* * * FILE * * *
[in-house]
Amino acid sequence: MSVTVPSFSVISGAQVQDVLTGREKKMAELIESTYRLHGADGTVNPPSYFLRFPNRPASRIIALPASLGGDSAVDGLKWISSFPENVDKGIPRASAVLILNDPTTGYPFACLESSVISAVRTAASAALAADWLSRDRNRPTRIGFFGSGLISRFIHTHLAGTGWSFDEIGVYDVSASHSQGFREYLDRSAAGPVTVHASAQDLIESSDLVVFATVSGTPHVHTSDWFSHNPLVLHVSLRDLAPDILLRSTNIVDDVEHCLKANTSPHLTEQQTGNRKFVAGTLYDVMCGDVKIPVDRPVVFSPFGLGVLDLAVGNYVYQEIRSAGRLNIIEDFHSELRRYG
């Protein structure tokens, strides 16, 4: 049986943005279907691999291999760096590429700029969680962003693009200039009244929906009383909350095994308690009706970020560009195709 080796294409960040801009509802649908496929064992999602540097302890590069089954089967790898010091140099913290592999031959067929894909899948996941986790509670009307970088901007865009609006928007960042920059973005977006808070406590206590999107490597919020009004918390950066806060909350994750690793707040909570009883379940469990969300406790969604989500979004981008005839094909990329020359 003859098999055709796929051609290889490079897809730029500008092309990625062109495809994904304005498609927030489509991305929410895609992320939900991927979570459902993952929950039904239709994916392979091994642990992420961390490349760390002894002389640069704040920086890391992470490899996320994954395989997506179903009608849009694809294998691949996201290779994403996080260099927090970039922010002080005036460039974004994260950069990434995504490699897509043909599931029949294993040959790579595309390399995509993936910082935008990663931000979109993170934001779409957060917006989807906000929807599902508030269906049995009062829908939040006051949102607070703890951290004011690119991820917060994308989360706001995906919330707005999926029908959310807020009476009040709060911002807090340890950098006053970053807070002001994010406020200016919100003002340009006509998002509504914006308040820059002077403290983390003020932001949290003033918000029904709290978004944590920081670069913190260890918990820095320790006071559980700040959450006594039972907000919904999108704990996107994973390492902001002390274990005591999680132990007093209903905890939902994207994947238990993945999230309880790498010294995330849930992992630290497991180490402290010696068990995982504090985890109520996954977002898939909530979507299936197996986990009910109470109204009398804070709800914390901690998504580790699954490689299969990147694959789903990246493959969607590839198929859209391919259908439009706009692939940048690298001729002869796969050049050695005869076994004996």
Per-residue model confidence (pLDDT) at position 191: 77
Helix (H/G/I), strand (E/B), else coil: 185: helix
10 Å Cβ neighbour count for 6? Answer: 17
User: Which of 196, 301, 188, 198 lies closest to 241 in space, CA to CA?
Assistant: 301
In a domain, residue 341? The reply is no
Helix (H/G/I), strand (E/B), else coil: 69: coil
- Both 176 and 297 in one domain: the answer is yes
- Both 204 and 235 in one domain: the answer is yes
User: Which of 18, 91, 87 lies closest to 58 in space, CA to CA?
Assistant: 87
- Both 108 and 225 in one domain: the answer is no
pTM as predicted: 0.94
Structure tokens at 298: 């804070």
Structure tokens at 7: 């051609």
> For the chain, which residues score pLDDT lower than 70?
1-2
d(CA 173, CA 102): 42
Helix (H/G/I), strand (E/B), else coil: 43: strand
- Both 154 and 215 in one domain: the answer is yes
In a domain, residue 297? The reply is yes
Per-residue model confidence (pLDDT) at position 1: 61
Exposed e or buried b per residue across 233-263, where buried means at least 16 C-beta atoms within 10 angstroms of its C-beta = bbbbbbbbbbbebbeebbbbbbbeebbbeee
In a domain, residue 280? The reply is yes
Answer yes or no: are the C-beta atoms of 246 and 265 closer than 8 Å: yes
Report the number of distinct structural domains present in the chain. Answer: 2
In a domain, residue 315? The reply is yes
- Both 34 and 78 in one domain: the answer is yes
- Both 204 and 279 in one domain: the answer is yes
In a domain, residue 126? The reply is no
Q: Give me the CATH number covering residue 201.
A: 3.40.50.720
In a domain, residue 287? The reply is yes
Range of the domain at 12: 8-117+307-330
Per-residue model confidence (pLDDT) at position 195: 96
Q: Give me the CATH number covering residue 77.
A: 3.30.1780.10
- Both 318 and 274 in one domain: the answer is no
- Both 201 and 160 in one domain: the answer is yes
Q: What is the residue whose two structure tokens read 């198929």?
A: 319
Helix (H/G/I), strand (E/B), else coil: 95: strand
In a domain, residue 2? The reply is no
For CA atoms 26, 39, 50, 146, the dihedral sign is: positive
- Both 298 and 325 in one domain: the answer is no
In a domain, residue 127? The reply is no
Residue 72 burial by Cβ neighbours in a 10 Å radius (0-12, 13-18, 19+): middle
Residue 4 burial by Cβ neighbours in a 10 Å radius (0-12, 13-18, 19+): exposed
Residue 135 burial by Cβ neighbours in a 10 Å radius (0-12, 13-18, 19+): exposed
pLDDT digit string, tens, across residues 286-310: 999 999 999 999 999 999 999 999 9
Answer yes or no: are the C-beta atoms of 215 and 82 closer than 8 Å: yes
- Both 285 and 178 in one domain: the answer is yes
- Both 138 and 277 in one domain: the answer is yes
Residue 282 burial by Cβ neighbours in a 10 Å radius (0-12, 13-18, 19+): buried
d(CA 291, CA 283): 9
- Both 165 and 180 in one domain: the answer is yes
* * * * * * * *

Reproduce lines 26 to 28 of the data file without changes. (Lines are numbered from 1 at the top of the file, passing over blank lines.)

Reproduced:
Exposed e or buried b per residue across 233-263, where buried means at least 16 C-beta atoms within 10 angstroms of its C-beta = bbbbbbbbbbbebbeebbbbbbbeebbbeee
In a domain, residue 280? The reply is yes
Answer yes or no: are the C-beta atoms of 246 and 265 closer than 8 Å: yes